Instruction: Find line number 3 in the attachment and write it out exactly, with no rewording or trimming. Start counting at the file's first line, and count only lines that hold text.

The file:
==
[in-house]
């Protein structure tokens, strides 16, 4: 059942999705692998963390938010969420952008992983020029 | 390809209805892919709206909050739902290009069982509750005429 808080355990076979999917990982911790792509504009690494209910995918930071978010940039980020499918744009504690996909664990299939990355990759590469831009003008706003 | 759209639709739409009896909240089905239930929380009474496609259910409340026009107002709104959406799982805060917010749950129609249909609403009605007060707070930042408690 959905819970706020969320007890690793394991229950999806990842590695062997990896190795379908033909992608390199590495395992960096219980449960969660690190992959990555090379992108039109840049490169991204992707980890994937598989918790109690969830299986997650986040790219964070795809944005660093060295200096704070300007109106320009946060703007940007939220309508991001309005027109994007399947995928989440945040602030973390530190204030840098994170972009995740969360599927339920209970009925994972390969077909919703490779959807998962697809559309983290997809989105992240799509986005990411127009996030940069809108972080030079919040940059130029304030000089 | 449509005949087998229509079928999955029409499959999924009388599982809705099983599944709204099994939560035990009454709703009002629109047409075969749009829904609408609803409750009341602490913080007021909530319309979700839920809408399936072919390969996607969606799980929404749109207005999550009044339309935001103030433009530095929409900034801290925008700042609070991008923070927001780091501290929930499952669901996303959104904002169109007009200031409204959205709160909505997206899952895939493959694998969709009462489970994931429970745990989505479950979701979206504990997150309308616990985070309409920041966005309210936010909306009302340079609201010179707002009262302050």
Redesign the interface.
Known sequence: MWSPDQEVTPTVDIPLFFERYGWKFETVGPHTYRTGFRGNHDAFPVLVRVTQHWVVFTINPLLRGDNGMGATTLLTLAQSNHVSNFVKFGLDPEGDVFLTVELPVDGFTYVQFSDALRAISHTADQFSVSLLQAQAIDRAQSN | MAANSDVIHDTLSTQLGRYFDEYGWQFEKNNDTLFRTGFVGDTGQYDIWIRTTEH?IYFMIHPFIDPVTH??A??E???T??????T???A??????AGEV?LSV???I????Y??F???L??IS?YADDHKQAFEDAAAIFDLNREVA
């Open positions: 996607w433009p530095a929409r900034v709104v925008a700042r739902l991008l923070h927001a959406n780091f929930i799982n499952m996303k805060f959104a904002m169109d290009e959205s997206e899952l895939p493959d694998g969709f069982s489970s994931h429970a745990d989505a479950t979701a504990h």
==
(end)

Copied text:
Redesign the interface.